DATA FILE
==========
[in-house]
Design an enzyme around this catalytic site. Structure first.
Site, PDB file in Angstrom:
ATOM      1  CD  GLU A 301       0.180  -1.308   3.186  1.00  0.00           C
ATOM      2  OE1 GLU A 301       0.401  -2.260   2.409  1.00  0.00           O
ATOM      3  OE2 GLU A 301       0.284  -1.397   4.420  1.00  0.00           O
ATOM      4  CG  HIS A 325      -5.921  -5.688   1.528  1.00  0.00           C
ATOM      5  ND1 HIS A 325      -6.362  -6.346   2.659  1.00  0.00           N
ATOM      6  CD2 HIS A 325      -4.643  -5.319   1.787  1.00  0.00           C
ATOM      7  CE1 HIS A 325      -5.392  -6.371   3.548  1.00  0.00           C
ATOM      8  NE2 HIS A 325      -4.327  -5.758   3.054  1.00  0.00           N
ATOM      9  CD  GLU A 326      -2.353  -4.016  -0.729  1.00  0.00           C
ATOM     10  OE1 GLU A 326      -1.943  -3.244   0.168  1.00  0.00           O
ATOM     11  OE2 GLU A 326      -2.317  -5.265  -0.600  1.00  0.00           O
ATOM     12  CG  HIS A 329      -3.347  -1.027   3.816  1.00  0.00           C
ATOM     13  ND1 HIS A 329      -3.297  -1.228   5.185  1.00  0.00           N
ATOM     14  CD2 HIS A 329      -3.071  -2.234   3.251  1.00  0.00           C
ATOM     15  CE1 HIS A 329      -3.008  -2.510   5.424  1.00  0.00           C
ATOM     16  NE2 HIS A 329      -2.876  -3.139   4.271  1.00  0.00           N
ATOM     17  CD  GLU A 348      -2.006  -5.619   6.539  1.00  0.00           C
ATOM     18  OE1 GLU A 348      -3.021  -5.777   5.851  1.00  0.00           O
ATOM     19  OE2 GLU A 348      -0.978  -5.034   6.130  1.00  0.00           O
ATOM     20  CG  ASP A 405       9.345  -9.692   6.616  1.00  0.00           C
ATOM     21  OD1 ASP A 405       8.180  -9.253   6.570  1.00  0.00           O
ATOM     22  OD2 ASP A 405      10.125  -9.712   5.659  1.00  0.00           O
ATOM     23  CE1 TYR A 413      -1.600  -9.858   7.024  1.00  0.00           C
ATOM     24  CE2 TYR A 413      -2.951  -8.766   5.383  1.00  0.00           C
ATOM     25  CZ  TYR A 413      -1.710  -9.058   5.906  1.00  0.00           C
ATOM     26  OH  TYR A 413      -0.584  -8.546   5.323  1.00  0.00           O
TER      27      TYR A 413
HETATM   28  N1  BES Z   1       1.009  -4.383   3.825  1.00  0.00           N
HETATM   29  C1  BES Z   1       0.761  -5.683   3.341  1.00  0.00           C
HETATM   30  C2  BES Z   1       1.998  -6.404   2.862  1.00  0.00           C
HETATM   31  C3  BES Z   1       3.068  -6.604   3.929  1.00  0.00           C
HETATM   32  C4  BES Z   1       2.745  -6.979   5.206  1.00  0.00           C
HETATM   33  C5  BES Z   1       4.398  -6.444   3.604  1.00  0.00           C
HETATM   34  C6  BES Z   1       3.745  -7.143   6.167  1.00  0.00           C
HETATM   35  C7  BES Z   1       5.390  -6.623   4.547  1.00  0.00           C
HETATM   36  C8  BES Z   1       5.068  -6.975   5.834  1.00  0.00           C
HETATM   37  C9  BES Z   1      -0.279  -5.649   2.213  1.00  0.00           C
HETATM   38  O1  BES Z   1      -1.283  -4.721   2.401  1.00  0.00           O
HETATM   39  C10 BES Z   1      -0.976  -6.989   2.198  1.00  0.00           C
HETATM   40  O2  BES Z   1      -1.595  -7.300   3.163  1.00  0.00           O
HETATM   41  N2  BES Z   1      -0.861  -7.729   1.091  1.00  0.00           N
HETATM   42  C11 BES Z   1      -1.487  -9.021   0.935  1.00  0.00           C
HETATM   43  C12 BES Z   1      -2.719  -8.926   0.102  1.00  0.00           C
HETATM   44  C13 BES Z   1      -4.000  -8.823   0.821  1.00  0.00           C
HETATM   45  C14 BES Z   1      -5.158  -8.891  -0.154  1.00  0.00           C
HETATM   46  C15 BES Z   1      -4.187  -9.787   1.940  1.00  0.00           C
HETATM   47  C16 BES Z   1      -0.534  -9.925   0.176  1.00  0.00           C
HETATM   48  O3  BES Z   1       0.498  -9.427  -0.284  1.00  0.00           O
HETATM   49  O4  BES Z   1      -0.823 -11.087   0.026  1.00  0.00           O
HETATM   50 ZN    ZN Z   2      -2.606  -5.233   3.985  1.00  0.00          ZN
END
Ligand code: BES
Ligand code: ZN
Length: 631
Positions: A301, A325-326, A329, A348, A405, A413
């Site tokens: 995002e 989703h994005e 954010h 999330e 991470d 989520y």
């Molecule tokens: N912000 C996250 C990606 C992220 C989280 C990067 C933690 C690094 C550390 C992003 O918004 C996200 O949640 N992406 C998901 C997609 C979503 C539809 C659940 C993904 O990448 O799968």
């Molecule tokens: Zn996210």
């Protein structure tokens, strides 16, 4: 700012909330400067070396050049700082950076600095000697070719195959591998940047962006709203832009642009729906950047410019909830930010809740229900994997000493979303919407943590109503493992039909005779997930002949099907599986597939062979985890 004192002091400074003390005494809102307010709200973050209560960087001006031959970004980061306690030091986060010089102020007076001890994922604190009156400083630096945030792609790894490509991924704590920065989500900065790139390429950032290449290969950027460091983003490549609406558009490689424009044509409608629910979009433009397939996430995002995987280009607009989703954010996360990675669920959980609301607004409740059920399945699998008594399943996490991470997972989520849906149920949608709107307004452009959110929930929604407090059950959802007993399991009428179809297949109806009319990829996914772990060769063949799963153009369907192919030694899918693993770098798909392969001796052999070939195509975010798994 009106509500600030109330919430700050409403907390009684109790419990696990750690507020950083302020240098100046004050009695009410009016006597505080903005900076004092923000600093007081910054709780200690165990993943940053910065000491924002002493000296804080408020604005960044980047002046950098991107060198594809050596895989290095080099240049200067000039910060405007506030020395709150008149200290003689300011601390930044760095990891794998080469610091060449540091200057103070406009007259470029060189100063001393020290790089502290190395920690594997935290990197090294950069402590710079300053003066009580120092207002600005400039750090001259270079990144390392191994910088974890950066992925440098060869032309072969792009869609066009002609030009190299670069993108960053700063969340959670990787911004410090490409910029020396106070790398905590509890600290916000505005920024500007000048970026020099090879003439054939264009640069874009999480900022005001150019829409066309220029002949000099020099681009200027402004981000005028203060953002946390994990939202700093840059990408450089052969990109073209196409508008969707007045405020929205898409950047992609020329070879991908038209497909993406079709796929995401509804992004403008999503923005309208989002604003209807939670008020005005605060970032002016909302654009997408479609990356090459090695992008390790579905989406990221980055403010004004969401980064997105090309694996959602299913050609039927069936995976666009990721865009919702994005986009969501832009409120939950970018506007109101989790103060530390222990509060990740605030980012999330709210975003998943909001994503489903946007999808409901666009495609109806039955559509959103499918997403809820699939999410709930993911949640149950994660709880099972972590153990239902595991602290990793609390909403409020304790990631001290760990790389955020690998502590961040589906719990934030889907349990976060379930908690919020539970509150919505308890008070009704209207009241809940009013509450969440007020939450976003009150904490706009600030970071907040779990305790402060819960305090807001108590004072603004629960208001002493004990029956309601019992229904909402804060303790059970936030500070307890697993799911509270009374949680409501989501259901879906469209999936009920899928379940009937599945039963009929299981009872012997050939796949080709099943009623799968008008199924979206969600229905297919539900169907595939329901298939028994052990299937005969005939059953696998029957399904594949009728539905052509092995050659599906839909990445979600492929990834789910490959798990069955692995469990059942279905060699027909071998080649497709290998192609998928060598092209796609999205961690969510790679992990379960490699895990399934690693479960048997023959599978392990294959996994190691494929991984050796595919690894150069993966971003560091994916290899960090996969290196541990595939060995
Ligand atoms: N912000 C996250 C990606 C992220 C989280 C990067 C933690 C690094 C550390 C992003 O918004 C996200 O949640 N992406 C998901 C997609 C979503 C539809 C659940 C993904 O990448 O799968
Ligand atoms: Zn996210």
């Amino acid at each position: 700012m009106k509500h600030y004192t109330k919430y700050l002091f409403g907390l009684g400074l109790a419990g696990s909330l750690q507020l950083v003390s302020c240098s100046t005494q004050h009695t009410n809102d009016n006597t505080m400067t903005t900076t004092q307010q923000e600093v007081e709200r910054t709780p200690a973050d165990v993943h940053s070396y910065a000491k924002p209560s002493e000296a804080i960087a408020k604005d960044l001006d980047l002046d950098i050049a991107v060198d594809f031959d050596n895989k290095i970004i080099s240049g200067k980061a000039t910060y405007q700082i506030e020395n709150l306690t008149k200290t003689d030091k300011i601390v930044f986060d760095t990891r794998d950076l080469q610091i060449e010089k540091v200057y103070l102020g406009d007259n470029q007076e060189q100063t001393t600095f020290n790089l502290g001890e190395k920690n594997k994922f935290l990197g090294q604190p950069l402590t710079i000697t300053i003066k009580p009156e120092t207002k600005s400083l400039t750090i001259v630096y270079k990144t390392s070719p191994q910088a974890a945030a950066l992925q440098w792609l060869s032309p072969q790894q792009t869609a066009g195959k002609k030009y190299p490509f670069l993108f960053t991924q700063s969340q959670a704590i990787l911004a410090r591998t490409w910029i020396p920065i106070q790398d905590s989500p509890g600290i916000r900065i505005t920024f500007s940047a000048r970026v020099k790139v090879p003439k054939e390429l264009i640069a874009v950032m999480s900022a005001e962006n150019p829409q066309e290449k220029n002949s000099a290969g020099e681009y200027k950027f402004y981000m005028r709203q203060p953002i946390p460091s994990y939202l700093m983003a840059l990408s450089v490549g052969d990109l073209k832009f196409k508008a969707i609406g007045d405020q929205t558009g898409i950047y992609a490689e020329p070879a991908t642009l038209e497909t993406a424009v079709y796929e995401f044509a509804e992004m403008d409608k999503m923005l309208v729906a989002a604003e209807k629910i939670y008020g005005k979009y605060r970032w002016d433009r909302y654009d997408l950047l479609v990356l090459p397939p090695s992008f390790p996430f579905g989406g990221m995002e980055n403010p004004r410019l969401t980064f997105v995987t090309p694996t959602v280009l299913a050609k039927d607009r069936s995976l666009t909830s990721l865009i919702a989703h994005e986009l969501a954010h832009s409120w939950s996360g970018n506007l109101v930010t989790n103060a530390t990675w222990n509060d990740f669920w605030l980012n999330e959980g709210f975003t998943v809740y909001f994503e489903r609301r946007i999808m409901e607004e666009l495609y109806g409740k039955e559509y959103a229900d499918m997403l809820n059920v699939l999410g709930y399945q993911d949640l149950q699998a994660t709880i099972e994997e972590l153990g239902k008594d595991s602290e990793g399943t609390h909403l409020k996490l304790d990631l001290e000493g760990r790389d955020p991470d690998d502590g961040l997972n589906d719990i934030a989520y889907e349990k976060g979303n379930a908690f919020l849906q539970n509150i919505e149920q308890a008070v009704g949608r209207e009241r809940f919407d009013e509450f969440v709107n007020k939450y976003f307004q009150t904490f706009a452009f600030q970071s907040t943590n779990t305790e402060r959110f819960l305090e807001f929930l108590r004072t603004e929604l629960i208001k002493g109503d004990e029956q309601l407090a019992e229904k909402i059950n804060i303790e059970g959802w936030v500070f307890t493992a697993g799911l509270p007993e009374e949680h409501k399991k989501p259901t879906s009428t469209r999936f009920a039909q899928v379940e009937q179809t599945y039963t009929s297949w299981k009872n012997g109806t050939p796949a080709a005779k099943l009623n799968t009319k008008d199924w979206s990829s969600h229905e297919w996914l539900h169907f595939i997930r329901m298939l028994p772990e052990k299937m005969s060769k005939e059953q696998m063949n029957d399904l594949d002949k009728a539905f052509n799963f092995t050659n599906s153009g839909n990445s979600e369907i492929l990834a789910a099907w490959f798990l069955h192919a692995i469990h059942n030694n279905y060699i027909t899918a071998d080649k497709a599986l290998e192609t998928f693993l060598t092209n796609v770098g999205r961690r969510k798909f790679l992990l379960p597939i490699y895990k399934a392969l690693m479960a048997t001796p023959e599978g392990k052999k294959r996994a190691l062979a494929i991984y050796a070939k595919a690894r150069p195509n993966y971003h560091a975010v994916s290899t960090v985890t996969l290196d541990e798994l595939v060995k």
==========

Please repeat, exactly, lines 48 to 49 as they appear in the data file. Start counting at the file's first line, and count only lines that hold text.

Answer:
HETATM   45  C14 BES Z   1      -5.158  -8.891  -0.154  1.00  0.00           C
HETATM   46  C15 BES Z   1      -4.187  -9.787   1.940  1.00  0.00           C